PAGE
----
Kill off email to boost productivity

MAHESH SHARMA
Last updated 05:00, April 12 2014
OVERLOAD: Email has become abused. It's causing a lack of productivity, according to Cisco's Peter Hughes.
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OVERLOAD: Email has become abused. It's causing a lack of productivity, according to Cisco's Peter Hughes.

Employees' reliance on email as the primary mode of communication is hurting business productivity, according to an executive at one of the world's biggest technology companies, Cisco.

Peter Hughes, Cisco's director collaboration, has banned his staff from using the decades-old technology - modelled on the timeless letter - to broadcast messages to a group of colleagues. He's even introduced a system of fines to drag them away from it. It's called the "Hughsey email tax" and while not a corporate policy, he says it has reduced broadcast emails among his team by 95 per cent in a year.

"Email has become abused. It's causing a lack of productivity. The email thread [or] chain can go viral through an organisation but there are people don't need to be on the list," Hughes said.

He offers web conferencing and online collaboration - both markets addressed by Cisco products - as more productive alternatives.

In a bitter twist of irony, he fined one employee $100 for sending out a group email containing a link to a newspaper article that referenced comments he made Thursday at a the Future of Work conference in Melbourne. The money raised goes to a charity of his choice.

"He was fined $50 for sending out the original email and was fined another $50 when I forced him to 'reply all' and apologise to all the members in the team."

Reading and answering emails constitutes 28 per cent of an employee's weekly work tasks, according to a 2012 report from consulting firm McKinsey.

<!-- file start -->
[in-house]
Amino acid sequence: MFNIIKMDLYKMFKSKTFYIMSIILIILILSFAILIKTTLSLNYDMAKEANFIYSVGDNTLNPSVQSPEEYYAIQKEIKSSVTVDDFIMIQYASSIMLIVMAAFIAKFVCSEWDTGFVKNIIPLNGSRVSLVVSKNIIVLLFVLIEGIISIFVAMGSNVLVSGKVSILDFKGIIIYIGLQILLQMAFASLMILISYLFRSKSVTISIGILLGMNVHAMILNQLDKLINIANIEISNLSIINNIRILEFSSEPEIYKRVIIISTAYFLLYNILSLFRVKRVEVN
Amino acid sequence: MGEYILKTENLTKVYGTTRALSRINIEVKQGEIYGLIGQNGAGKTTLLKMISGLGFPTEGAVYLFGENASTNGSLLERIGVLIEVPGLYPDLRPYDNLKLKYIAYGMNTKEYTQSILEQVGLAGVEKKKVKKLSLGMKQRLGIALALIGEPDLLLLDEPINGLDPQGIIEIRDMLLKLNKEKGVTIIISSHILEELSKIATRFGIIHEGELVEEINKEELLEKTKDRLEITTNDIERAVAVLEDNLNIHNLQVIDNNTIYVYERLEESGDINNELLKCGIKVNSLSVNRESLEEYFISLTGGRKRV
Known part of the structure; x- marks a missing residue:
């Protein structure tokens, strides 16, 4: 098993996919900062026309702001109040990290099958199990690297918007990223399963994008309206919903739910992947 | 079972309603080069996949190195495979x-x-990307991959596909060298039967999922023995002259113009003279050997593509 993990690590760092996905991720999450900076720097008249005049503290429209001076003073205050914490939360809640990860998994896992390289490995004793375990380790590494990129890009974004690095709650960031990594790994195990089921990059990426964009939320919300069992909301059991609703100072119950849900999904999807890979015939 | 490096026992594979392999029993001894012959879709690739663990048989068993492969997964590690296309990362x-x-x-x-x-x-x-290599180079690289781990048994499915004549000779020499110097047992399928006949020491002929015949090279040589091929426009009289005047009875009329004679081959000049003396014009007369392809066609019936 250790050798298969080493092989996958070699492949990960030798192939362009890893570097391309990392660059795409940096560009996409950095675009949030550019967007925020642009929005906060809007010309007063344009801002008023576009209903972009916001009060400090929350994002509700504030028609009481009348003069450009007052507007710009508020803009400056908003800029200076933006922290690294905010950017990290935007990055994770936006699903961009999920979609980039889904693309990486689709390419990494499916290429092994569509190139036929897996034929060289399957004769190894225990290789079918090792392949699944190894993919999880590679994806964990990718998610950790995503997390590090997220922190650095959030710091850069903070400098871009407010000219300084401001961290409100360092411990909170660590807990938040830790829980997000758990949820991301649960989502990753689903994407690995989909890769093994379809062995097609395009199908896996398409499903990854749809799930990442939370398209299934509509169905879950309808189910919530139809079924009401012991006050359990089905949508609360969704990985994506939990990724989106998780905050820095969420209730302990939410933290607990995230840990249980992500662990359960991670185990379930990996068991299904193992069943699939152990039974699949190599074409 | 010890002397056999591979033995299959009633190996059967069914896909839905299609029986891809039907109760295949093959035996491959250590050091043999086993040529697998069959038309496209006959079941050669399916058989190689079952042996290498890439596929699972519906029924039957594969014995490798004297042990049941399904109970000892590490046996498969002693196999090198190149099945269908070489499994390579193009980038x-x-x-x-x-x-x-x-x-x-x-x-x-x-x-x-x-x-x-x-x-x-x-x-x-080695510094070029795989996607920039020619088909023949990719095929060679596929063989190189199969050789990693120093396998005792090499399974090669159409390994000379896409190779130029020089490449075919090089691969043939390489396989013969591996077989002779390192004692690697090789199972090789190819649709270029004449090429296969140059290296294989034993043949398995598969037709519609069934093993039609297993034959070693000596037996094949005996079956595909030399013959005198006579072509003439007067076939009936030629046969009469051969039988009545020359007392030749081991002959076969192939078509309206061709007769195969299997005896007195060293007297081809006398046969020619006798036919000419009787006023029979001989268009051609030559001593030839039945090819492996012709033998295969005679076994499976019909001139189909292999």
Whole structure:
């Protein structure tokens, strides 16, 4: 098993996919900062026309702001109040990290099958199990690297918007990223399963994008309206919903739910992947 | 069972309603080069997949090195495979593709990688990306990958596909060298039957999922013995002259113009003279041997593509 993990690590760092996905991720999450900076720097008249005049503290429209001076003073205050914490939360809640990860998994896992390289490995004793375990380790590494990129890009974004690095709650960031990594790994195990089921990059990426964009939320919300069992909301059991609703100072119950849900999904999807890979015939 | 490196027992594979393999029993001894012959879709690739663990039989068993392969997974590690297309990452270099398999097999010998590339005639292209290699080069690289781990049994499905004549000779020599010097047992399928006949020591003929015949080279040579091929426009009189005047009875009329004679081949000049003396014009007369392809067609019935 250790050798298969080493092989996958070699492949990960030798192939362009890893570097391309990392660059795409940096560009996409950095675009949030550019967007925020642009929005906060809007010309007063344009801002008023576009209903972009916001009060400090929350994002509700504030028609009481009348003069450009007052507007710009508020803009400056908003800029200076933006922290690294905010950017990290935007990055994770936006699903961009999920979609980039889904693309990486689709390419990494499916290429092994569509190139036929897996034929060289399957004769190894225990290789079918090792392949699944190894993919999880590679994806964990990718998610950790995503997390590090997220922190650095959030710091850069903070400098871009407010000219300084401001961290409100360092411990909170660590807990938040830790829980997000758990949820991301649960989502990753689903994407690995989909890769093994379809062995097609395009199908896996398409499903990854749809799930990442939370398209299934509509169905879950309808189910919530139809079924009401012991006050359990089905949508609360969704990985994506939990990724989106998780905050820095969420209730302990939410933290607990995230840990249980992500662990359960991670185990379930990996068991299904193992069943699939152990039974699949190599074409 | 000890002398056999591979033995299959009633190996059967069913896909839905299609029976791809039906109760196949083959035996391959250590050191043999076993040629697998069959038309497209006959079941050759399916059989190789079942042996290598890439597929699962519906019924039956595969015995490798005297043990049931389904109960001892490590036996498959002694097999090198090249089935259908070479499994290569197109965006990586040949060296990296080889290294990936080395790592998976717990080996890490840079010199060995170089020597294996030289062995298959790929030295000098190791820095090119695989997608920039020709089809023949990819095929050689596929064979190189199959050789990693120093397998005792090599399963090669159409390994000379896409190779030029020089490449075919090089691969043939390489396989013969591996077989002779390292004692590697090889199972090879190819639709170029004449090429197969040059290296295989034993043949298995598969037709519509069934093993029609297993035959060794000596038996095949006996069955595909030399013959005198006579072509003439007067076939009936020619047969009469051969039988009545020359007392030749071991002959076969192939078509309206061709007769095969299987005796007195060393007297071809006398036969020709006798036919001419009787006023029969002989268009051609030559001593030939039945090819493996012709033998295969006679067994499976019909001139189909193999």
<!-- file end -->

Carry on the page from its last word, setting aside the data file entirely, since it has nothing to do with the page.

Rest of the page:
The firm argued that using social technologies, such as wikis and workplace collaboration tools, instead of email could improve productivity by up to 30 per cent. This improvement would come primarily from having a searchable repository of social messages, so people wouldn't have to send emails asking questions that have already been answered.

The report found that communications were shifting from email and instant messaging to social technologies around the time when some companies began setting rules to curb email and 24-hour connectivity.

In 2011, Thierry Breton, CEO of French company Atos, declared his intention to eradicate email use amongst the 78,500 staff. 

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While it appeared to have missed its December 2013 deadline to eliminate email, the company said the program is having a significant impact. Having developed its own internal collaboration tools, the new order is being evangelised internally by early-adopters, dubbed "Zero Heroes."

And French labour unions have secured an agreement that ensures the "always connected" modern, digital lifestyle doesn't infringe on 300,000 tech sector workers' rights to the country's famous 35-hour work week. 

Cisco's Hughes said there's no one-size-fits-all policy. While there are new tools such as video-conferencing and smartphone apps, technology represents only one-third of the overall problem.

"It's not constrained to technology. It's also about people and process."

"Companies need to have a 'human policy' of switching things off," Hughes said. "The policy must be driven from the top."

 - Sydney Morning Herald

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